Pearson CEO Eyeing NFT Textbooks For Additional Resale Revenue

Pearson CEO Andy Bird said the company could generate more revenue from the resale of second-hand books with NFT.
Image source: PRNewsfoto/Pearson Education, Inc.

Quick take:

  • A Pearson textbook is resold up to seven times.
  • The company posted sales of $2.2 billion in Q1 2022.
  • Bird said Pearson has a team “working on the implications of the metaverse.”

The CEO of publishing company, Pearson, is looking at NFT textbooks as an additional revenue stream as the company posted an increase in profits at an earnings call this morning.

Pearson CEO, Andy Bird, said that the company could generate more revenue from each textbook by taking a commission from each resale. Bird said that a Pearson textbook is typically resold up to seven times.

“Technology like blockchain and the NFTs allows us to pass through every sale of that particular item as it goes through its life. The possibility to participate in downstream revenues…I find really interesting.” said Bird.

Reselling a textbook as NFT in a purpose-built app differs from physical textbooks in that the transfer cost is built into the smart contract and is almost impossible to avoid. But in real life, a physical textbook can be sold without scanning a barcode with the embedded NFT, allowing students with limited funds to avoid paying an additional cost.

The idea is not yet fully fleshed out. Bird said that Pearson has a team “working on the implications of the metaverse.” This comes as the company posted sales of £1.8 billion ($2.2 billion) in Q1 2022 while operating profits of £160 million ($195.97 million) grew 26% over the previous year due to an increase in English language learning sales and online packages after the easing of Covid restrictions.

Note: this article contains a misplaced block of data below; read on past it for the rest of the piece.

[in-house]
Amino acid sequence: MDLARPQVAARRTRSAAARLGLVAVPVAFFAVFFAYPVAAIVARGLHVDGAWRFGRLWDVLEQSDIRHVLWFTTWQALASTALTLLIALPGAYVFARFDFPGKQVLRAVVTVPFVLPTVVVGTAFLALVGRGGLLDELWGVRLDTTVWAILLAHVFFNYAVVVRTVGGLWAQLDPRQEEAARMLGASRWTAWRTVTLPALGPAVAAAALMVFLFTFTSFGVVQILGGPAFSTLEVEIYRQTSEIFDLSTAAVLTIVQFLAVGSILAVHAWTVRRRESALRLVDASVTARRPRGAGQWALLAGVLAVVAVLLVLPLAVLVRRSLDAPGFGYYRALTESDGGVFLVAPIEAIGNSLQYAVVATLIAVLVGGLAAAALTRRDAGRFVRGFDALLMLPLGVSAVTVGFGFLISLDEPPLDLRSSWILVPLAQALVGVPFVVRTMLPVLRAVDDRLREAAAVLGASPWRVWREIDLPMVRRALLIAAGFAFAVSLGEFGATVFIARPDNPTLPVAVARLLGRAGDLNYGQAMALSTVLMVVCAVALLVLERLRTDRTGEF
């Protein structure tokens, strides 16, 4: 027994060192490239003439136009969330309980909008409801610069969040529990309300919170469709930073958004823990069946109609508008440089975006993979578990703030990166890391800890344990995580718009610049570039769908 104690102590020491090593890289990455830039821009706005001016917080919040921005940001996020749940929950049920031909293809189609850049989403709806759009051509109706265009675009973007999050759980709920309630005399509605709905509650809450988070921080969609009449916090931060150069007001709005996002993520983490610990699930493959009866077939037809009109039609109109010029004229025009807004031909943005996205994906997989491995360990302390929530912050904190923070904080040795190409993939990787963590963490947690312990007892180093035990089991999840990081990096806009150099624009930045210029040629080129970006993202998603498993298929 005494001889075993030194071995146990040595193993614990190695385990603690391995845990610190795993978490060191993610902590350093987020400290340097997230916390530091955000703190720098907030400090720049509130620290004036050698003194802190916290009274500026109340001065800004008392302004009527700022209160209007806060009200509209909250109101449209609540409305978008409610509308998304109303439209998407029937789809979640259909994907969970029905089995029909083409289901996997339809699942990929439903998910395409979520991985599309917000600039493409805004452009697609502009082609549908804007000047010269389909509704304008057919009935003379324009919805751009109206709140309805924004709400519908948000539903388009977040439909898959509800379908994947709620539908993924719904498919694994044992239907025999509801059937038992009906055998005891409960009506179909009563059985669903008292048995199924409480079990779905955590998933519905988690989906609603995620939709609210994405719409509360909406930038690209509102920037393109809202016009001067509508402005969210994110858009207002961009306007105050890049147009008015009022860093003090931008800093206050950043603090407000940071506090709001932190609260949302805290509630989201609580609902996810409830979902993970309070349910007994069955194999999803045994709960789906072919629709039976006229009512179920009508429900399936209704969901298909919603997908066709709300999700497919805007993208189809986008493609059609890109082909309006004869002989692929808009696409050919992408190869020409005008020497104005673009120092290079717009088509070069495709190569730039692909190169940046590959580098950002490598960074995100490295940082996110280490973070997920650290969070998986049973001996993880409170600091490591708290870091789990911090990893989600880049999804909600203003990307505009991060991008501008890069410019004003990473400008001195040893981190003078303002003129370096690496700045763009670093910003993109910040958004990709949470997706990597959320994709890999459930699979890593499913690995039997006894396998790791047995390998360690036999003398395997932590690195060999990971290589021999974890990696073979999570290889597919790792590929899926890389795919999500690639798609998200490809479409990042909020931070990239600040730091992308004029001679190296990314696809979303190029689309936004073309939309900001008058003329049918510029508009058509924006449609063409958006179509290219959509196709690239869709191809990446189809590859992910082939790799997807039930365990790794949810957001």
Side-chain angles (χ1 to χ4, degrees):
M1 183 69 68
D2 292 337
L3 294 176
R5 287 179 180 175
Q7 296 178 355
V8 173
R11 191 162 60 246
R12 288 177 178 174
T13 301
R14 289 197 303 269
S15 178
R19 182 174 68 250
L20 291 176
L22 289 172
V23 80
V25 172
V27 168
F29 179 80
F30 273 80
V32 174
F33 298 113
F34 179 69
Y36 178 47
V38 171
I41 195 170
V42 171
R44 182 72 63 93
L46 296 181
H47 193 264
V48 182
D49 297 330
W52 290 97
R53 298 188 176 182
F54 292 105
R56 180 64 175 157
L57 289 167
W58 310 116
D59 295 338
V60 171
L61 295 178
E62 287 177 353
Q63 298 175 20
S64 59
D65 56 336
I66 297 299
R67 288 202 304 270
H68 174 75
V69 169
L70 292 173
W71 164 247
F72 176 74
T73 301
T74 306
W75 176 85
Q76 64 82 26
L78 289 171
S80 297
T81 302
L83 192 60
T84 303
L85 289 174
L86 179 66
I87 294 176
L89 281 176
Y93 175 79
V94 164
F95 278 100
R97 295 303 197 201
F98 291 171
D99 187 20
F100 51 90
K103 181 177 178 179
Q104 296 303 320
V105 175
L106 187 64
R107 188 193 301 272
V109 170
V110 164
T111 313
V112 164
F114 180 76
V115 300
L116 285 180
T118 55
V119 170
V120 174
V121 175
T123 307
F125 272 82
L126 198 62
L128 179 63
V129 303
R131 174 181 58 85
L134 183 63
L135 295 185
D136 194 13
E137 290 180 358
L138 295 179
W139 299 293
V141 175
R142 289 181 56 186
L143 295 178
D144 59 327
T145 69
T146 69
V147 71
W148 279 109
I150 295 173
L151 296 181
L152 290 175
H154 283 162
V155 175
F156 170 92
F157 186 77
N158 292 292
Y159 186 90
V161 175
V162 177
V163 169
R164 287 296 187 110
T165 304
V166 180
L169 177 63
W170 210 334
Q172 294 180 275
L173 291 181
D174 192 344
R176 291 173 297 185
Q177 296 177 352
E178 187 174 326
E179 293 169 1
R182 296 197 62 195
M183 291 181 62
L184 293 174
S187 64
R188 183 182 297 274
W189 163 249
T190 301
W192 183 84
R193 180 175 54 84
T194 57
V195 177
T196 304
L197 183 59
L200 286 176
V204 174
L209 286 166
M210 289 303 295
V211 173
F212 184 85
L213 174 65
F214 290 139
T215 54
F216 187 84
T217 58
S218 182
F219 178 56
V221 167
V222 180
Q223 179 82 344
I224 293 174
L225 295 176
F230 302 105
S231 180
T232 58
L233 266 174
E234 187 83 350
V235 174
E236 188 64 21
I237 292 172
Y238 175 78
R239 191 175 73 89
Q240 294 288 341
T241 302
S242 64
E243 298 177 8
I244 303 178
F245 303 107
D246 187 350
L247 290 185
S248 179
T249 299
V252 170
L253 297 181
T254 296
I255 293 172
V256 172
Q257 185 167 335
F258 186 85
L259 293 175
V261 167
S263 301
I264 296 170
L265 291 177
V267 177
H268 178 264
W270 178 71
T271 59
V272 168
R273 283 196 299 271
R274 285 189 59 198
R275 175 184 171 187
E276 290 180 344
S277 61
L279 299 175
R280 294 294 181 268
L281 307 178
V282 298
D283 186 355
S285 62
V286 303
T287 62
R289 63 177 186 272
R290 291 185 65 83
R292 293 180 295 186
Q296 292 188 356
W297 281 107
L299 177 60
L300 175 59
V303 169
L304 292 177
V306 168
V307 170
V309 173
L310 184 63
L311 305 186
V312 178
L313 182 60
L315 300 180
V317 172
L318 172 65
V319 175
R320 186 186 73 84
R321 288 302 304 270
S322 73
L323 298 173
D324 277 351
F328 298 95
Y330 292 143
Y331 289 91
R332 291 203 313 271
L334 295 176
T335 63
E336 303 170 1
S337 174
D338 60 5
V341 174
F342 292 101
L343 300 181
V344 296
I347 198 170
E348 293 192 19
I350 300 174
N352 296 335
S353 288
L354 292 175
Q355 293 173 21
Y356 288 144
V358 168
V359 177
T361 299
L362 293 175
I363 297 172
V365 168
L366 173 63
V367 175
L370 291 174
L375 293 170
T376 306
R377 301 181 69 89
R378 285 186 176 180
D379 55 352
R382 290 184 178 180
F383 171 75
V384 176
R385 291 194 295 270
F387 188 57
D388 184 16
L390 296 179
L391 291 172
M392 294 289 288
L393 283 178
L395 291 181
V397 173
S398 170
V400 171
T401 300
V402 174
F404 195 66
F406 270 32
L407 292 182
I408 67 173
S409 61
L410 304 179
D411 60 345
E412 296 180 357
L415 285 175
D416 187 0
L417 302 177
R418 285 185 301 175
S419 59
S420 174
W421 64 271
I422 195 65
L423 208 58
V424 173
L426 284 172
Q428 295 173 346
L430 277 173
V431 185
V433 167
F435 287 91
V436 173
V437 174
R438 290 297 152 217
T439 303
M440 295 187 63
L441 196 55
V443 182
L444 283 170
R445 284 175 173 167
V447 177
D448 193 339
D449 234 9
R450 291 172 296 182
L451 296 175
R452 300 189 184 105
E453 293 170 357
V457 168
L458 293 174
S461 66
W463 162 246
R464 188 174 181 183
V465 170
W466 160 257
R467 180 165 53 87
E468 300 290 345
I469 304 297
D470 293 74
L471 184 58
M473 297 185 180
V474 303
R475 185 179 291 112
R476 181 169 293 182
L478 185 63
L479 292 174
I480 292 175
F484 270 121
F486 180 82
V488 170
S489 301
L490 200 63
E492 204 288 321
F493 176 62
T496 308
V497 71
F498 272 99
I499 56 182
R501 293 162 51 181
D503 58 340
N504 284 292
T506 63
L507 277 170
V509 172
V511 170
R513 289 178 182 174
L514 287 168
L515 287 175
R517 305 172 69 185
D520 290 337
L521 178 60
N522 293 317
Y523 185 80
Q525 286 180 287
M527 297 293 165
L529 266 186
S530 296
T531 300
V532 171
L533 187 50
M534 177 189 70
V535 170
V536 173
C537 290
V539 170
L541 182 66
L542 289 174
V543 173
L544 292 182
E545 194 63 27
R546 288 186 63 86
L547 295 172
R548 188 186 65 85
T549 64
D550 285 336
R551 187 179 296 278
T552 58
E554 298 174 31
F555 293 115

In April, Pearson acquired Mondly, a global online language learning platform that offers consumers learning in English and 40 other languages via its app, website, virtual reality and augmented reality products

Pearson’s interest in NFT isn’t just for the sake of additional revenue. The company looking at holding classes in virtual worlds. Bird’s comments come as educational institutions are looking for opportunities to generate more income and create use cases for NFTs and the metaverse

Last week, the University of Tokyo announced that it will offer study programs in the metaverse while Wharton became the first Ivy League business school to launch a metaverse education program.

In June, Animoca Brands acquired educational platform TinyTap for $$39 million to bring learning to Web3.

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